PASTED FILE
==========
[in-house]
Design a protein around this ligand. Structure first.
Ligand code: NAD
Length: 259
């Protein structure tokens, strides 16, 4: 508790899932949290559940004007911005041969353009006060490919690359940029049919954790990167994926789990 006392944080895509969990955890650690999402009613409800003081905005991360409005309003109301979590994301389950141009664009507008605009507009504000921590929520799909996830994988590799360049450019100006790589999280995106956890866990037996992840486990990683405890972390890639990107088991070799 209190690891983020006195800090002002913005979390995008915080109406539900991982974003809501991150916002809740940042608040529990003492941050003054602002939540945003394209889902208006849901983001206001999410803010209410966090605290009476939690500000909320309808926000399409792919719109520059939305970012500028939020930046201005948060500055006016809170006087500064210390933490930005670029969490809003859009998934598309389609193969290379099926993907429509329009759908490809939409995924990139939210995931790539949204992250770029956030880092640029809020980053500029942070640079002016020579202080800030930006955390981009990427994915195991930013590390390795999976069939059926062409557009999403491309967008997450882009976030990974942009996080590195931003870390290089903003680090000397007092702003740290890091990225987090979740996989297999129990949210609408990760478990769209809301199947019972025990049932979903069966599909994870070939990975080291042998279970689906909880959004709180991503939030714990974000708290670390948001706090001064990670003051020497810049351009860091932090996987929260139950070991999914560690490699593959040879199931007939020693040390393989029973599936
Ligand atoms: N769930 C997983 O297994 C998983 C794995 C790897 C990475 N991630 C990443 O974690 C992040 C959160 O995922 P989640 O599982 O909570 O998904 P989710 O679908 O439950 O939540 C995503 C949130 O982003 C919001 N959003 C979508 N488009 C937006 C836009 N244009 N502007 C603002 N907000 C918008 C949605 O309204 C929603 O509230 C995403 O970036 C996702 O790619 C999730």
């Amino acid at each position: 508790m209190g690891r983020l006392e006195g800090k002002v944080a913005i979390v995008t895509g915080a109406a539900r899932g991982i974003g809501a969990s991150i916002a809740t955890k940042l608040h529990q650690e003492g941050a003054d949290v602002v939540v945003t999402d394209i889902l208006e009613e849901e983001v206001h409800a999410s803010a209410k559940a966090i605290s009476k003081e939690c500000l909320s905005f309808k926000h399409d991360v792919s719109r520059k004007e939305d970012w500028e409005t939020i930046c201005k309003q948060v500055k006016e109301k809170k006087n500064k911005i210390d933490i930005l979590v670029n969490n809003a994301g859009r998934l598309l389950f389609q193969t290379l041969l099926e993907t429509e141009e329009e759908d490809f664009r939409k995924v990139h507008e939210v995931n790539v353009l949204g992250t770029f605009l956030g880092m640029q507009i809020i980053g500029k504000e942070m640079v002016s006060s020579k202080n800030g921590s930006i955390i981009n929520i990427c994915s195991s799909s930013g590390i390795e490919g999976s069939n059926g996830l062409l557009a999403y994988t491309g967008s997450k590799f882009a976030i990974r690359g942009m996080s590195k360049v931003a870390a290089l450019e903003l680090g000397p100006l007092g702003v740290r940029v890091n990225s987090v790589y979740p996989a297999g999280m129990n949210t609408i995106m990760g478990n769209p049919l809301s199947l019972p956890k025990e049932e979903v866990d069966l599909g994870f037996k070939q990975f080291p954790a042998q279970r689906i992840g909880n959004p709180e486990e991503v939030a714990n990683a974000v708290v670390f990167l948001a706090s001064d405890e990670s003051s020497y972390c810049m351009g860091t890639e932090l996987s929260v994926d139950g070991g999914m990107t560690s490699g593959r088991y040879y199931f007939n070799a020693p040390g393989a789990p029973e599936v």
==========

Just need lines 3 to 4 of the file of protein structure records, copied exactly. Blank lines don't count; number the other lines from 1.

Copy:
Ligand code: NAD
Length: 259